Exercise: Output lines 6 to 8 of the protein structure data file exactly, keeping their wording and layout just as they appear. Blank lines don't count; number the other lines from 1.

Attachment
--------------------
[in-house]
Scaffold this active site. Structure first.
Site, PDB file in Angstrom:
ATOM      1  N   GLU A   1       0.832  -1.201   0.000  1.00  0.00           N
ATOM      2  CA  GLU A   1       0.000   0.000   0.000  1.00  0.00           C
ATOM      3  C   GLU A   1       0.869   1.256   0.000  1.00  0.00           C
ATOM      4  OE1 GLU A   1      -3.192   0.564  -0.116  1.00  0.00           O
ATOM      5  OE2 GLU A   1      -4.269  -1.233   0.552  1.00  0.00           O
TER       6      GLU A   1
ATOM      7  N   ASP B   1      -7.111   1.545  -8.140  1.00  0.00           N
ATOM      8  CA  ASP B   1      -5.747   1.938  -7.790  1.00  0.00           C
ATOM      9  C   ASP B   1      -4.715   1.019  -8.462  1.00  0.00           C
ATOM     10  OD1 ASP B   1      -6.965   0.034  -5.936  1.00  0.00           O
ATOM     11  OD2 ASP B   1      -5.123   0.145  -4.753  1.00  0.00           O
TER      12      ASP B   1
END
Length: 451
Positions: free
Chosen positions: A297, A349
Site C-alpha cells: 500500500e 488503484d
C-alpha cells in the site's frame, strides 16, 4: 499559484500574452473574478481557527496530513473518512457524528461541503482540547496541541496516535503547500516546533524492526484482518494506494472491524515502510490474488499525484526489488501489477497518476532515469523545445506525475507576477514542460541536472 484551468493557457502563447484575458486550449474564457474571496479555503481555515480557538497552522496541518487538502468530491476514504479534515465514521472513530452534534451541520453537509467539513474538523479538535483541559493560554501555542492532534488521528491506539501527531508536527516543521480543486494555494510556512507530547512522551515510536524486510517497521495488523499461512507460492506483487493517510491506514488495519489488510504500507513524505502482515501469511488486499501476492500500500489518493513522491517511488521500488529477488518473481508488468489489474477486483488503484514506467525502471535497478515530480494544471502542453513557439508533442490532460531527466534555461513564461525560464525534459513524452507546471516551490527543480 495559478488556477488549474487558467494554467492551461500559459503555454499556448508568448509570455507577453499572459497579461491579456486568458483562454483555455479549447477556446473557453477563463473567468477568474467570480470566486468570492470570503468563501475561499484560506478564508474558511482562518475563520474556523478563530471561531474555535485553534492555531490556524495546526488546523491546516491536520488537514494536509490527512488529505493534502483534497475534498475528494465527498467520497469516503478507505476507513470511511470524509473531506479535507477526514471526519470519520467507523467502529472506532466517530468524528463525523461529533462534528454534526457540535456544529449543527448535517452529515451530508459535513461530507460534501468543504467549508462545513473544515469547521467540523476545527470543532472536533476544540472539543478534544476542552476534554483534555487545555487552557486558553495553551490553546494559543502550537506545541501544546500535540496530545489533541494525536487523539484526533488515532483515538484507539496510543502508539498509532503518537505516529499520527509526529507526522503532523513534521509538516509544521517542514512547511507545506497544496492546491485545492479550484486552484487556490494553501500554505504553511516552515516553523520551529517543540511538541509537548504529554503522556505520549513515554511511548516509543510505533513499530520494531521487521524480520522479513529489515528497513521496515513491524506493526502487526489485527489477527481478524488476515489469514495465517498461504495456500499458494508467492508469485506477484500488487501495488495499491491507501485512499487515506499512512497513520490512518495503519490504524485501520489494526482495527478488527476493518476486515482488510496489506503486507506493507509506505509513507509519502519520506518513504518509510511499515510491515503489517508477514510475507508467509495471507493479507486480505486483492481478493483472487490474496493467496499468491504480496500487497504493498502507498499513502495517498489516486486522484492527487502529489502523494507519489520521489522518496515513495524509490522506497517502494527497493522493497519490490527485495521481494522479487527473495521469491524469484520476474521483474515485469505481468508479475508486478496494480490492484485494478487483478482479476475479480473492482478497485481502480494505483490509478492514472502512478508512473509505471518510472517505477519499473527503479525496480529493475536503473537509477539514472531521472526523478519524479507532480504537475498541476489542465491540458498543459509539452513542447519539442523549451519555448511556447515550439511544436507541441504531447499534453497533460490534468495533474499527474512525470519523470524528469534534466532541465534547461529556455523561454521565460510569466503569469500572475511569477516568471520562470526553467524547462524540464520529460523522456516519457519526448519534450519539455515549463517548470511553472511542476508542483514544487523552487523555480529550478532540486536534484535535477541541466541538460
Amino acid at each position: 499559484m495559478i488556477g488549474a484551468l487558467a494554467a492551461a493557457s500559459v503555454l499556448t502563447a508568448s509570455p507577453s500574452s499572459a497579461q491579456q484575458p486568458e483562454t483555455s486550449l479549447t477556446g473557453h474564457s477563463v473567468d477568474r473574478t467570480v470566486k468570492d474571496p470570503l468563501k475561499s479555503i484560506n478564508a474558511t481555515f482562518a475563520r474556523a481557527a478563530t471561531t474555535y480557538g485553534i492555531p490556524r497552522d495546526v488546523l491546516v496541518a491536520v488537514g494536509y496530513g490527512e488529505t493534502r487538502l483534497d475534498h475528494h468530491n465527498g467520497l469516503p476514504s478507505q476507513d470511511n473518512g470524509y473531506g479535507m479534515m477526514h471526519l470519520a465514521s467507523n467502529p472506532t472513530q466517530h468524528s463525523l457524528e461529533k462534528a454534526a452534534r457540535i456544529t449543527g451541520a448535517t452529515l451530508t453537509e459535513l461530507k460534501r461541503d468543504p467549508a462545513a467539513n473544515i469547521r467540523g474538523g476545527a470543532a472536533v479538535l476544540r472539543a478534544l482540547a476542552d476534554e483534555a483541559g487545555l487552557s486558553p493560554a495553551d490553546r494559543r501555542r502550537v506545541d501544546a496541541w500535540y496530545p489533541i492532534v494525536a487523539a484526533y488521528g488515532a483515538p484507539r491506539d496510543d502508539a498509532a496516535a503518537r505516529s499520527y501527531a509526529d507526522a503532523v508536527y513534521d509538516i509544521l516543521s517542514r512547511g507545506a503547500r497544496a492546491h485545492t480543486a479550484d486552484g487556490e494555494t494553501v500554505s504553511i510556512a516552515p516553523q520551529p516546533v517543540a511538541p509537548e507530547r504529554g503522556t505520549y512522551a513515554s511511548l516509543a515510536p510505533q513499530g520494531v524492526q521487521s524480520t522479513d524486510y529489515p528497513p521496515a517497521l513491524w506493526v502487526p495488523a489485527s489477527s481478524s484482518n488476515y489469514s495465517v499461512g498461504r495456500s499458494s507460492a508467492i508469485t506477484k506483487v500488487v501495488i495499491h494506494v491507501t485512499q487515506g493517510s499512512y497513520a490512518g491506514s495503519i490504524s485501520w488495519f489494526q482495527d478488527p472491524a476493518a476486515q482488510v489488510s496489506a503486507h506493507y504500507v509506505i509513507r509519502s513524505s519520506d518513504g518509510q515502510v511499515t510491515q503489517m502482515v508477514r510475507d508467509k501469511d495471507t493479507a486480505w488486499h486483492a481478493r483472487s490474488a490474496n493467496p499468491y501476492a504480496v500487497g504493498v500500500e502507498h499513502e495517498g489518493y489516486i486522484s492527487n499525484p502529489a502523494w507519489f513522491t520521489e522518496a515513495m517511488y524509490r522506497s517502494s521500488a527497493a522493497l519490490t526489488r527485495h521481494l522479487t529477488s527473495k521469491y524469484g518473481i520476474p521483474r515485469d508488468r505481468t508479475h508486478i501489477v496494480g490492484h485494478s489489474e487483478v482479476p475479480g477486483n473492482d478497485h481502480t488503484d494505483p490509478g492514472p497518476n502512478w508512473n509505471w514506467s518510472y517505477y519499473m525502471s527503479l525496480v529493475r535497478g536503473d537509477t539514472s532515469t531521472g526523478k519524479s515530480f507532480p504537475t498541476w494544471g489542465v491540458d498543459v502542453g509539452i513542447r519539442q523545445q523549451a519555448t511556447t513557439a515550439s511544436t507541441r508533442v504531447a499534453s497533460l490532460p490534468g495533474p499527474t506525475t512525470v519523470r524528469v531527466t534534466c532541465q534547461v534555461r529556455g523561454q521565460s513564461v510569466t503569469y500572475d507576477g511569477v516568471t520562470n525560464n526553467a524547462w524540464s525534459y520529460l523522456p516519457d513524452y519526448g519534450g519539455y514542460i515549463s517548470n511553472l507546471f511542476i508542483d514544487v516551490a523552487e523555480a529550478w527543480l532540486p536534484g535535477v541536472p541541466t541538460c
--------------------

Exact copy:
ATOM      3  C   GLU A   1       0.869   1.256   0.000  1.00  0.00           C
ATOM      4  OE1 GLU A   1      -3.192   0.564  -0.116  1.00  0.00           O
ATOM      5  OE2 GLU A   1      -4.269  -1.233   0.552  1.00  0.00           O